This section is from the book "British Wild Flowers - In Their Natural Haunts Vol5-6", by A. R. Horwood. Also available from Amazon: A British Wild Flowers In Their Natural Haunts.
Rock plants are affected by a variety of factors, which in different areas and circumstances help to render the habitat diverse. The vegetation of the arctic-alpine rocks is typically of a dwarf habit, owing to altitude and exposure and the poverty or thinness of the soil layer. It varies in respect of the derivation of the latter. The mountain-top detritus forms layers on the surface. Elsewhere, in corries, etc., there are crevices with deeper soil and wetter conditions. At lower altitudes the rocks and soils vary in composition.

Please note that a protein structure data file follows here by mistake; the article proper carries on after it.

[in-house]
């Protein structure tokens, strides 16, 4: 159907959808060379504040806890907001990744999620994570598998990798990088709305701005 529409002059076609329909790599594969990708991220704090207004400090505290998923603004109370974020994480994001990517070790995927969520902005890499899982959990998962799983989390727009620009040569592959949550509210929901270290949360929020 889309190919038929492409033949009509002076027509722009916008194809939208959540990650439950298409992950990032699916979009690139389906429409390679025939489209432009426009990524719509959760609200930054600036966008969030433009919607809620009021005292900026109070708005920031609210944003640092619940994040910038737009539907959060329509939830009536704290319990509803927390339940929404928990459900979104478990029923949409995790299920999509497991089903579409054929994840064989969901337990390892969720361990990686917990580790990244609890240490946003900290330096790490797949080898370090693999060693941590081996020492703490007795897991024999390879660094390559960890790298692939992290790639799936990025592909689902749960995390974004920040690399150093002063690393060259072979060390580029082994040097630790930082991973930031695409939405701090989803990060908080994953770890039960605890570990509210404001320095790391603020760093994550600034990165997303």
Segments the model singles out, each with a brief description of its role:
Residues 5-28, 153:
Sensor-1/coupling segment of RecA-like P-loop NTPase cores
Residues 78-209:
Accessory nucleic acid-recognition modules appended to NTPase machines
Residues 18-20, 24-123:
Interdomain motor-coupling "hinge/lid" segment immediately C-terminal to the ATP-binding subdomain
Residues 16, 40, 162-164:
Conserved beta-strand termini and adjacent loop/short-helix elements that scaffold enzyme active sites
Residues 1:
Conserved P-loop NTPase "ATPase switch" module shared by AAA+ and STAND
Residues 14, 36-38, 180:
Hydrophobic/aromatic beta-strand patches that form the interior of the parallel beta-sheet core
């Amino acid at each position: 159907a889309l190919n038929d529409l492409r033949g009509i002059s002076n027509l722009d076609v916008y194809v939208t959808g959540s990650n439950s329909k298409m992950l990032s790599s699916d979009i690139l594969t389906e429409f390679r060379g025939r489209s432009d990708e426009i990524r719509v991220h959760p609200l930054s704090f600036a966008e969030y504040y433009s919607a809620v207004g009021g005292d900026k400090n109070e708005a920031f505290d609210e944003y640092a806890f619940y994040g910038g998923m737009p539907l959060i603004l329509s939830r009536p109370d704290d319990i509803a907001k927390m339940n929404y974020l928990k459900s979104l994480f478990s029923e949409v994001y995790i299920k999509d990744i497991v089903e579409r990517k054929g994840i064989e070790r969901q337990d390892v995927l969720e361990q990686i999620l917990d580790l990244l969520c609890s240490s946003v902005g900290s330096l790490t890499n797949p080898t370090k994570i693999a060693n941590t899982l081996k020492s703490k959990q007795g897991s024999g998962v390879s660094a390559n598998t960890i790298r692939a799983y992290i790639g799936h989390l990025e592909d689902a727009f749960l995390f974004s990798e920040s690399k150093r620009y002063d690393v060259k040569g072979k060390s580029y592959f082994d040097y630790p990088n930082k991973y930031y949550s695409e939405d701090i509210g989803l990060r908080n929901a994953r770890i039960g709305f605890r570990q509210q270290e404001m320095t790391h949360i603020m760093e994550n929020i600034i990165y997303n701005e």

There are siliceous soils with a characteristic vegetation which is found in some cases on bare rocks of this type or in crevices. Sandstones and sands have an equally characteristic flora.
On limestone the soil is thin, and the flora may be regarded as petrophilous to a great extent, limestone pavements in particular illustrating this point. The soil of the chalk is markedly deficient, and many chalk plants are petrophytes. Along the coasts on cliffs and rocks a halophytic rupestral flora is found. Sandy fields and gravelly commons are special types of sandstone or loose sand formations, but of newer date. Walls have a particular flora of their own, and many plants are confined to them and to old ruins. The plants found upon rocks are also common to mural habitats, owing to the occurrence in both cases of dry conditions and a thin soil layer.